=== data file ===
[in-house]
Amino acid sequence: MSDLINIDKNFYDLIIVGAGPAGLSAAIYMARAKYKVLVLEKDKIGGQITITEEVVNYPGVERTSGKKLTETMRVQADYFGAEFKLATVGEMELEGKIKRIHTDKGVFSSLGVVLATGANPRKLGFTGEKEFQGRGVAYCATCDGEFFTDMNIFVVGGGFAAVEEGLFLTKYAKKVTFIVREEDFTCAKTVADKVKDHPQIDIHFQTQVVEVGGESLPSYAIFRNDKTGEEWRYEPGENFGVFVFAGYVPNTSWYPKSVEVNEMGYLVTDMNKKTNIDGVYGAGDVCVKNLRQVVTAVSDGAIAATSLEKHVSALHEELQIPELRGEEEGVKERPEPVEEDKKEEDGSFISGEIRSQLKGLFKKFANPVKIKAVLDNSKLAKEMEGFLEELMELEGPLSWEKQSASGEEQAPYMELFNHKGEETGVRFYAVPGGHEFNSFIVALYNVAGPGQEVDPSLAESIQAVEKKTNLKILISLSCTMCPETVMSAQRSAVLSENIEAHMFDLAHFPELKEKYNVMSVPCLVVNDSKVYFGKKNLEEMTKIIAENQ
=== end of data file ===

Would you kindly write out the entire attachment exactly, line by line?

[in-house]
Amino acid sequence: MSDLINIDKNFYDLIIVGAGPAGLSAAIYMARAKYKVLVLEKDKIGGQITITEEVVNYPGVERTSGKKLTETMRVQADYFGAEFKLATVGEMELEGKIKRIHTDKGVFSSLGVVLATGANPRKLGFTGEKEFQGRGVAYCATCDGEFFTDMNIFVVGGGFAAVEEGLFLTKYAKKVTFIVREEDFTCAKTVADKVKDHPQIDIHFQTQVVEVGGESLPSYAIFRNDKTGEEWRYEPGENFGVFVFAGYVPNTSWYPKSVEVNEMGYLVTDMNKKTNIDGVYGAGDVCVKNLRQVVTAVSDGAIAATSLEKHVSALHEELQIPELRGEEEGVKERPEPVEEDKKEEDGSFISGEIRSQLKGLFKKFANPVKIKAVLDNSKLAKEMEGFLEELMELEGPLSWEKQSASGEEQAPYMELFNHKGEETGVRFYAVPGGHEFNSFIVALYNVAGPGQEVDPSLAESIQAVEKKTNLKILISLSCTMCPETVMSAQRSAVLSENIEAHMFDLAHFPELKEKYNVMSVPCLVVNDSKVYFGKKNLEEMTKIIAENQ